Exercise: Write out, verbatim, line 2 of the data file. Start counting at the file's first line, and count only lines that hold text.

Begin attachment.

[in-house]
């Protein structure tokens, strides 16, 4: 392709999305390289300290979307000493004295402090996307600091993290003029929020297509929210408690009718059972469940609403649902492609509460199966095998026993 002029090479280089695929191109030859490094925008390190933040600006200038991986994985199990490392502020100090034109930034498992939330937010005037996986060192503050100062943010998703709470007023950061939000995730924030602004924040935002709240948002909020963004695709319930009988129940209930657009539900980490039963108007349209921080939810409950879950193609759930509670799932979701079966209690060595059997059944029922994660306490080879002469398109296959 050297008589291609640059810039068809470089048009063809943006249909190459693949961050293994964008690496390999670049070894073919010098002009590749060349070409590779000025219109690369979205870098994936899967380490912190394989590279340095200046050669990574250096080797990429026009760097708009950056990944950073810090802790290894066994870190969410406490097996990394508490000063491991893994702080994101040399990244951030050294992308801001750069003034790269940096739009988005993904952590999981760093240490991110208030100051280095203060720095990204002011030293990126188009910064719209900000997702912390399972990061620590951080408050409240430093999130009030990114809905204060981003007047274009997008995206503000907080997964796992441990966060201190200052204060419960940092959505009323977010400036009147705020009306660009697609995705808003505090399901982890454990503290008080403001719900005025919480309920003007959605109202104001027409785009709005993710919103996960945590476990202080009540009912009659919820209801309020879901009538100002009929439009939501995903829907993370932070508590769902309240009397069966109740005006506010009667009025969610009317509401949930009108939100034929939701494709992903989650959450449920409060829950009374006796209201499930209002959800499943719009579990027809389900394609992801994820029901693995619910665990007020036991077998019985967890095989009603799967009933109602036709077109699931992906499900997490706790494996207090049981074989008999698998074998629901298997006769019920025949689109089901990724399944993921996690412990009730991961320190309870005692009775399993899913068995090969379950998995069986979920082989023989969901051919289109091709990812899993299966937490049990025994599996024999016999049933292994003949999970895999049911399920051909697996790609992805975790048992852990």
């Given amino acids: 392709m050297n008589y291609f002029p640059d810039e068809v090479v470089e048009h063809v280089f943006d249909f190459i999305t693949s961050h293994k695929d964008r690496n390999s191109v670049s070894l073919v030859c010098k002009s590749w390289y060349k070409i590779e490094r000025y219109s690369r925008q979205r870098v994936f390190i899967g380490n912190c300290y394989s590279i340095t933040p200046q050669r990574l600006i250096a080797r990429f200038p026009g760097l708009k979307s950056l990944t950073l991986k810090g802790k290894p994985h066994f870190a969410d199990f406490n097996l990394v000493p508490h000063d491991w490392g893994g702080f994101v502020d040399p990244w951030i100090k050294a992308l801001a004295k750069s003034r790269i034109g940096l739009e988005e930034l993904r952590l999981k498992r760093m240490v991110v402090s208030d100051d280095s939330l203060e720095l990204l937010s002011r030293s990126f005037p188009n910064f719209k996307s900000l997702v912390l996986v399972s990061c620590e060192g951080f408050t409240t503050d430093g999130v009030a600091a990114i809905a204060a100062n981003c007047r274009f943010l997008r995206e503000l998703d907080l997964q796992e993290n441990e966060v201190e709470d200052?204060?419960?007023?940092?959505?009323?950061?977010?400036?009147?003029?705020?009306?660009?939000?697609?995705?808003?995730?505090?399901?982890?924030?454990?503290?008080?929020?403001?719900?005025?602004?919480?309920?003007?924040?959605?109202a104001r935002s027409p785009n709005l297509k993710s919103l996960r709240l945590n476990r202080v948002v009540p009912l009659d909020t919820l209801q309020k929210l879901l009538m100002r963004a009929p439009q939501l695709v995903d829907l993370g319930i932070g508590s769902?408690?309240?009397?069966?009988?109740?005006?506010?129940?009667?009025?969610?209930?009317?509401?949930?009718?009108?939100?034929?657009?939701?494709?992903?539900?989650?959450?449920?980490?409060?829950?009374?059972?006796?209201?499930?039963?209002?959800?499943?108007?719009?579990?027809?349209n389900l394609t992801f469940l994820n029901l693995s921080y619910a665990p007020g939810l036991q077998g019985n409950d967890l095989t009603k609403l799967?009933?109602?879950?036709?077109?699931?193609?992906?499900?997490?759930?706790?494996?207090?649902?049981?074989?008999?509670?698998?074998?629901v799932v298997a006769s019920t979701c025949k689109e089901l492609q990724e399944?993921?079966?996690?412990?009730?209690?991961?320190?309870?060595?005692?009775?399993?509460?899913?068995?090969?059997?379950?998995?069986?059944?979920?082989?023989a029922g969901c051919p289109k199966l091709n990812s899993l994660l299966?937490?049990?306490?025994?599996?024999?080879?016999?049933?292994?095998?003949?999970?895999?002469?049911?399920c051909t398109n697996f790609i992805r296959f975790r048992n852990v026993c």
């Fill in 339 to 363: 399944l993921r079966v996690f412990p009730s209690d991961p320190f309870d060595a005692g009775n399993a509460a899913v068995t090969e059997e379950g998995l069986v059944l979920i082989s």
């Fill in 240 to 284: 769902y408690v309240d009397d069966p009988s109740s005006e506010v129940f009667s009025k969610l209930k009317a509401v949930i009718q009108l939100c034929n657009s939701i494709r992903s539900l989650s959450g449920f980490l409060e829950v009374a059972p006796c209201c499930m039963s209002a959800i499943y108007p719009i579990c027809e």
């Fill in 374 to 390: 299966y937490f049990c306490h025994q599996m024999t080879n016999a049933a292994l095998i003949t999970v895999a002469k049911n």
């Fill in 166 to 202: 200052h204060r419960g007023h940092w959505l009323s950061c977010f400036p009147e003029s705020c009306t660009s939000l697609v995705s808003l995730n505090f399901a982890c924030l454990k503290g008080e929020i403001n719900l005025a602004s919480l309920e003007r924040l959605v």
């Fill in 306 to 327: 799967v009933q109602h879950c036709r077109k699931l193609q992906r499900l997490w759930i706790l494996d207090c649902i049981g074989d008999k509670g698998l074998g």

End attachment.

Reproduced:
């Protein structure tokens, strides 16, 4: 392709999305390289300290979307000493004295402090996307600091993290003029929020297509929210408690009718059972469940609403649902492609509460199966095998026993 002029090479280089695929191109030859490094925008390190933040600006200038991986994985199990490392502020100090034109930034498992939330937010005037996986060192503050100062943010998703709470007023950061939000995730924030602004924040935002709240948002909020963004695709319930009988129940209930657009539900980490039963108007349209921080939810409950879950193609759930509670799932979701079966209690060595059997059944029922994660306490080879002469398109296959 050297008589291609640059810039068809470089048009063809943006249909190459693949961050293994964008690496390999670049070894073919010098002009590749060349070409590779000025219109690369979205870098994936899967380490912190394989590279340095200046050669990574250096080797990429026009760097708009950056990944950073810090802790290894066994870190969410406490097996990394508490000063491991893994702080994101040399990244951030050294992308801001750069003034790269940096739009988005993904952590999981760093240490991110208030100051280095203060720095990204002011030293990126188009910064719209900000997702912390399972990061620590951080408050409240430093999130009030990114809905204060981003007047274009997008995206503000907080997964796992441990966060201190200052204060419960940092959505009323977010400036009147705020009306660009697609995705808003505090399901982890454990503290008080403001719900005025919480309920003007959605109202104001027409785009709005993710919103996960945590476990202080009540009912009659919820209801309020879901009538100002009929439009939501995903829907993370932070508590769902309240009397069966109740005006506010009667009025969610009317509401949930009108939100034929939701494709992903989650959450449920409060829950009374006796209201499930209002959800499943719009579990027809389900394609992801994820029901693995619910665990007020036991077998019985967890095989009603799967009933109602036709077109699931992906499900997490706790494996207090049981074989008999698998074998629901298997006769019920025949689109089901990724399944993921996690412990009730991961320190309870005692009775399993899913068995090969379950998995069986979920082989023989969901051919289109091709990812899993299966937490049990025994599996024999016999049933292994003949999970895999049911399920051909697996790609992805975790048992852990």